First Class in Coach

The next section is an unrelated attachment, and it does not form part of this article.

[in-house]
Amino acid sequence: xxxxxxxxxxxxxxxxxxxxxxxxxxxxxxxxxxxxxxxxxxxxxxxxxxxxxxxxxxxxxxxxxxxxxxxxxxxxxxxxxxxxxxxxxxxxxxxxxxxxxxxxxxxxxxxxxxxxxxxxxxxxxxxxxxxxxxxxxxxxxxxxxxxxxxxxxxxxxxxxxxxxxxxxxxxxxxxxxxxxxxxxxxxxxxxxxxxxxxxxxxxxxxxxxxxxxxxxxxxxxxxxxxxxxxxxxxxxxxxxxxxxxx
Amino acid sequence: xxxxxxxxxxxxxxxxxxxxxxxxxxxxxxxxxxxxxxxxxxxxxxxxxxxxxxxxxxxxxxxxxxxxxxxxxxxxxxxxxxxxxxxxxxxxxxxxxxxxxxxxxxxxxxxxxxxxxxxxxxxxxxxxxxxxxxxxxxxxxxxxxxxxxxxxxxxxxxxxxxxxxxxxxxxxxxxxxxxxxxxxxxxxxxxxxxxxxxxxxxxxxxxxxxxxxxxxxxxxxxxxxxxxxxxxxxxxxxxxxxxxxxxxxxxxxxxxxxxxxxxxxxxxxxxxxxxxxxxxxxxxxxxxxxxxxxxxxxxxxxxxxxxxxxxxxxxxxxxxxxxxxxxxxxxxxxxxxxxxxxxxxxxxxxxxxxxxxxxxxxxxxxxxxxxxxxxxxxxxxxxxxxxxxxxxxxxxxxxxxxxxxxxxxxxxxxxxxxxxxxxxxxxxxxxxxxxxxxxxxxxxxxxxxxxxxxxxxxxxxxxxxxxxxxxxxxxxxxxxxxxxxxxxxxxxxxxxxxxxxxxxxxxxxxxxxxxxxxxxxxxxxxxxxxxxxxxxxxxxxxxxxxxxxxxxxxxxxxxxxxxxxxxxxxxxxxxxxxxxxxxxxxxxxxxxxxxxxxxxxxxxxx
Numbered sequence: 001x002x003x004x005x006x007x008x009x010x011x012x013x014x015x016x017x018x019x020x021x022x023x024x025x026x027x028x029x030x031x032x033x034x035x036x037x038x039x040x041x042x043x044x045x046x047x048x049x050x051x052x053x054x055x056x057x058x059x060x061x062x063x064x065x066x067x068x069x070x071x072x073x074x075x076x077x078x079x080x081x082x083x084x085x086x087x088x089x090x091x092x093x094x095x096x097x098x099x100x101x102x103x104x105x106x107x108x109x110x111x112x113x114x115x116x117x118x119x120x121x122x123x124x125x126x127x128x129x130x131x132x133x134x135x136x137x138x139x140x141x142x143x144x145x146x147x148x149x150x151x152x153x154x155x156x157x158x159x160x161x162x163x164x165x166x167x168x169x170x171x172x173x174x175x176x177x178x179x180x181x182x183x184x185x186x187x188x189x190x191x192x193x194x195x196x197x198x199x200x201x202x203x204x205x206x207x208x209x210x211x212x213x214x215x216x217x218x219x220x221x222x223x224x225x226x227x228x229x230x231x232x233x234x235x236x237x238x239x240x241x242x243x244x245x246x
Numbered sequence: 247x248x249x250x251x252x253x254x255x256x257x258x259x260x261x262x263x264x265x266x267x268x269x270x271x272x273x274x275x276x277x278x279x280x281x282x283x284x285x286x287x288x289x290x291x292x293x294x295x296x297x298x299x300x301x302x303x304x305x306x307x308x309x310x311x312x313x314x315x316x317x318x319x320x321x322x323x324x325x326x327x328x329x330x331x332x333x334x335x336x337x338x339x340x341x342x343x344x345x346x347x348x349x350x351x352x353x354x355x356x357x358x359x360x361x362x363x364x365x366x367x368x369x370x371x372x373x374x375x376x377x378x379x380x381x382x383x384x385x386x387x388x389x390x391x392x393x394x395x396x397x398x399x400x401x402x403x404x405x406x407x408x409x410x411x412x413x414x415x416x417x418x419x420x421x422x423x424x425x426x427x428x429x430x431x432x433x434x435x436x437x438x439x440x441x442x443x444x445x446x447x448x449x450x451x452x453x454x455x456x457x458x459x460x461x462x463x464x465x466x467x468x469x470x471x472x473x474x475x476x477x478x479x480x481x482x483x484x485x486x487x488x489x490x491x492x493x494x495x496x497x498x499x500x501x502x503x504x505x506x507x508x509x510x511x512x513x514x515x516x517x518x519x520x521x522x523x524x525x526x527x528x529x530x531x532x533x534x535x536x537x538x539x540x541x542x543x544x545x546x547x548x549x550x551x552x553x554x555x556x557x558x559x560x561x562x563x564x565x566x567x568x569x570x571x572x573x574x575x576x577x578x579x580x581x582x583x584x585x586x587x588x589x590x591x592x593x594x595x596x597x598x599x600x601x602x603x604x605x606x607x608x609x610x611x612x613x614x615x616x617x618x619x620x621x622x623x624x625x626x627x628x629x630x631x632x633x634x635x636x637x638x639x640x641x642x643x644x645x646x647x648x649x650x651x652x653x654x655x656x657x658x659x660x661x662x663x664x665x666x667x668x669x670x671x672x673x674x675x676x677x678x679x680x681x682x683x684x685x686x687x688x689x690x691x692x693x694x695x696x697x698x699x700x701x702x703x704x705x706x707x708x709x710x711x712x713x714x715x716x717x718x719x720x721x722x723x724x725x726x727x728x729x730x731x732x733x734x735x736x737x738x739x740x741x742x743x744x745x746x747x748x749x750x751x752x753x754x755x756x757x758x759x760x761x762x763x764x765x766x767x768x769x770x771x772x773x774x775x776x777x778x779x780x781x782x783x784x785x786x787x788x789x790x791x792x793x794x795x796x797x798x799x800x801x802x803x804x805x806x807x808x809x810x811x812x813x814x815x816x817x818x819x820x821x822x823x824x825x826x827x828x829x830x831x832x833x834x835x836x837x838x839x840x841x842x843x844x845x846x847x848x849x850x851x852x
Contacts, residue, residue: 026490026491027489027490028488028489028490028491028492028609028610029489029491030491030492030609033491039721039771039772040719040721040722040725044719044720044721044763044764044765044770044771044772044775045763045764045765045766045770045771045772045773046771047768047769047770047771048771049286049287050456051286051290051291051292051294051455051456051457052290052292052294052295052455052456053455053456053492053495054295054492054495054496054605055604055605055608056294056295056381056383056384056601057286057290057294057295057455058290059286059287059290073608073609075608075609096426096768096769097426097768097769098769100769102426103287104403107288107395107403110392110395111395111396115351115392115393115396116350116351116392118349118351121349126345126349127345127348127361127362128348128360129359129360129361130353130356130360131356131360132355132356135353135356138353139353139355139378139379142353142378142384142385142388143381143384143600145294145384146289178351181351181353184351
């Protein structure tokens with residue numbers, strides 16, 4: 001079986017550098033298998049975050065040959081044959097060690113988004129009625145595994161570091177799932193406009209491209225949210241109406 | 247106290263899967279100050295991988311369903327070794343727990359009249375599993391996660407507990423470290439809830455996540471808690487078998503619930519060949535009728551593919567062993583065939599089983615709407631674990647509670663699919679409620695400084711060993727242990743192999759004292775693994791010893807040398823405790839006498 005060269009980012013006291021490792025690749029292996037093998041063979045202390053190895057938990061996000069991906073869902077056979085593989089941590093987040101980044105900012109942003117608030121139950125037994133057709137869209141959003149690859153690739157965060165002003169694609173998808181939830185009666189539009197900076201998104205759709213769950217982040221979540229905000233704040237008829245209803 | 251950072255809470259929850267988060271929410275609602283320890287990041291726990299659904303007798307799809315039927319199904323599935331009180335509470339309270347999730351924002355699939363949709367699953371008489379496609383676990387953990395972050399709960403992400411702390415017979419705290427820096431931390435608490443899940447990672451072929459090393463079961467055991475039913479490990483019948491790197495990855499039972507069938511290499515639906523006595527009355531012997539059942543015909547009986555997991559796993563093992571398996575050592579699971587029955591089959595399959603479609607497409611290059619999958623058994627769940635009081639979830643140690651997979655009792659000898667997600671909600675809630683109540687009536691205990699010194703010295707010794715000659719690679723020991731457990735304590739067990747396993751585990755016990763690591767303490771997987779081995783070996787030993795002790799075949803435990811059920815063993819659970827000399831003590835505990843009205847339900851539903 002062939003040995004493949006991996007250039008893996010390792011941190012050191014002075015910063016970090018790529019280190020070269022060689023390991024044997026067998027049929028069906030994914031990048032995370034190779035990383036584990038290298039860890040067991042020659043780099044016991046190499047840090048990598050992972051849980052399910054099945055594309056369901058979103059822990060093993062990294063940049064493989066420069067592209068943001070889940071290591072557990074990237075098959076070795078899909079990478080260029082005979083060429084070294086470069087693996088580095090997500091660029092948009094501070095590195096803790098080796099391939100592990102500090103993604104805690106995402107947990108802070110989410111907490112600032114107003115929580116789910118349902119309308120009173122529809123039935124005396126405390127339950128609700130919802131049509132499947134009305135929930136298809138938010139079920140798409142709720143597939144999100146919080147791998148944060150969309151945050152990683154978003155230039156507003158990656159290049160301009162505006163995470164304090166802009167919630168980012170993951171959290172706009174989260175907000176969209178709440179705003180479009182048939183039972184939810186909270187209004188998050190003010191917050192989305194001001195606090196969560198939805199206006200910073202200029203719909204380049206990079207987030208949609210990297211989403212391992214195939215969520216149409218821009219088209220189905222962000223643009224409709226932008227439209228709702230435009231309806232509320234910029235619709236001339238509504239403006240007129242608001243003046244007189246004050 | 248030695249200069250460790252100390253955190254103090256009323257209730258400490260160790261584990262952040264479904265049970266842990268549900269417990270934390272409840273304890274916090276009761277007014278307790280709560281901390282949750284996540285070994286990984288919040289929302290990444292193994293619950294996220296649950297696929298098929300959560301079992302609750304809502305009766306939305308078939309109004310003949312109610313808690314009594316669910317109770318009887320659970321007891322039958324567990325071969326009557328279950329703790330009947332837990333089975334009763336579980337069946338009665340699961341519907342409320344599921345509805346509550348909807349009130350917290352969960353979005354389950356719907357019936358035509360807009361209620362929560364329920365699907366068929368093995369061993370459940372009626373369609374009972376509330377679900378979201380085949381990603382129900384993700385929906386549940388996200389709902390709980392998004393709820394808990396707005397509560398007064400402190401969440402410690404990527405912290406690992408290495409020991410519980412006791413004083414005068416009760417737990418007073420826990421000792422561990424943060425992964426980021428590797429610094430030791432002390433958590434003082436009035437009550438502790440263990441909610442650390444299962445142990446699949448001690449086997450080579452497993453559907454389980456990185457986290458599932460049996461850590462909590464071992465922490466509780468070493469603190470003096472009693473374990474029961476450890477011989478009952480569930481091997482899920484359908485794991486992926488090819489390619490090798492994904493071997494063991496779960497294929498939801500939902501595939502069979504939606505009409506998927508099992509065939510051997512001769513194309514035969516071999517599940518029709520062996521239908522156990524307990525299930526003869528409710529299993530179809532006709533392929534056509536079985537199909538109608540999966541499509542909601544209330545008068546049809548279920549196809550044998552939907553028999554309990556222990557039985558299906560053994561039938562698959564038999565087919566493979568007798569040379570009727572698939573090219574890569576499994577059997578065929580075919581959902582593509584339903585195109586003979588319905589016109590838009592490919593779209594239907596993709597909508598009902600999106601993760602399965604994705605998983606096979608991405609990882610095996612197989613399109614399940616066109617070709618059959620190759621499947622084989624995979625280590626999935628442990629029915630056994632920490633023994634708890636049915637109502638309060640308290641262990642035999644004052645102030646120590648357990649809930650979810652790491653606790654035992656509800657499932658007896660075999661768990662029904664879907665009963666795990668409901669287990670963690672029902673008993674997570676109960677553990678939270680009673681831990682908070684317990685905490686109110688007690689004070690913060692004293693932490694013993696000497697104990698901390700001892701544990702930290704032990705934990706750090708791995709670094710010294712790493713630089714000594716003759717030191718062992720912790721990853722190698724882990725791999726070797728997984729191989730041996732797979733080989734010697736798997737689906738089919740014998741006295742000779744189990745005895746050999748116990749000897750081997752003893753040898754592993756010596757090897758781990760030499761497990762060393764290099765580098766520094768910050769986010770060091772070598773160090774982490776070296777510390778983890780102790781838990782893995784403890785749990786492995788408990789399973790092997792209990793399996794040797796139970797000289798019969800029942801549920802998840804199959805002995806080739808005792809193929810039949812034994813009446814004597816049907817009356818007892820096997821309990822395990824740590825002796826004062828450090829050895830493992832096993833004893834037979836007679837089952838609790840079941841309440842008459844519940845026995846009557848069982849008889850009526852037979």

Fortunately the rest of my packing up and shipping out went without issue. Though I was not looking forward to 14 hours of travel time, I was looking forward to finally getting out to the big island and starting my race countdown. My doubts and nervousness still lingered and I’d hoped a little island magic might cure that. Turns out the flight to Hawaii ended up being one of the better parts of my trip. We flew first from Detroit to Phoenix and then boarded a plane for Kona. The entire plane was full of athletes and their families headed to the island with one purpose in mind. This is where I first began to feel the excitement that surrounds the race. Never mind the lack of food, limited drink service, cramped seating, I was sitting amongst some of the best triathletes in the world and we all had something in common, we were heading out to compete in our dream race. Filling out my row was another athlete in my age group heading out to his first Hawaii IM with his wife and family. Behind me was another lottery winner who’d never even done an IM. Beside her was a long time Kona vet, and beside him, Karen Smyers, a former world champion and first class athlete. The entire flight conversations flowed about the race to come and races past. Those who had raced Kona before offered advice to those who hadn’t, things to expect and things to watch out for. Karen Smyers was so humble and gracious with anyone who came up to talk to her, even giving me several key tips that I’d use on race day, that she definitely gained a fan in me on that flight. But she would not be alone in her demeanor, as that was one of the things that impressed me most about all the athletes competing in Hawaii. Fast athletes, age grouper and professional alike, know they are fast. They don’t need to wear it on their sleeves, they let their races speak for them. In street clothes they are kind, helpful and often completely forthcoming with advice or kind words. Certainly any kind of pretension would be silly surrounded by so many other talented and capable athletes, but I got the impression that these athletes were genuine and humble no matter their location. When we finally landed in Kona and got off the plane, the excitement from the plane grew exponentially and the race suddenly became more of a reality.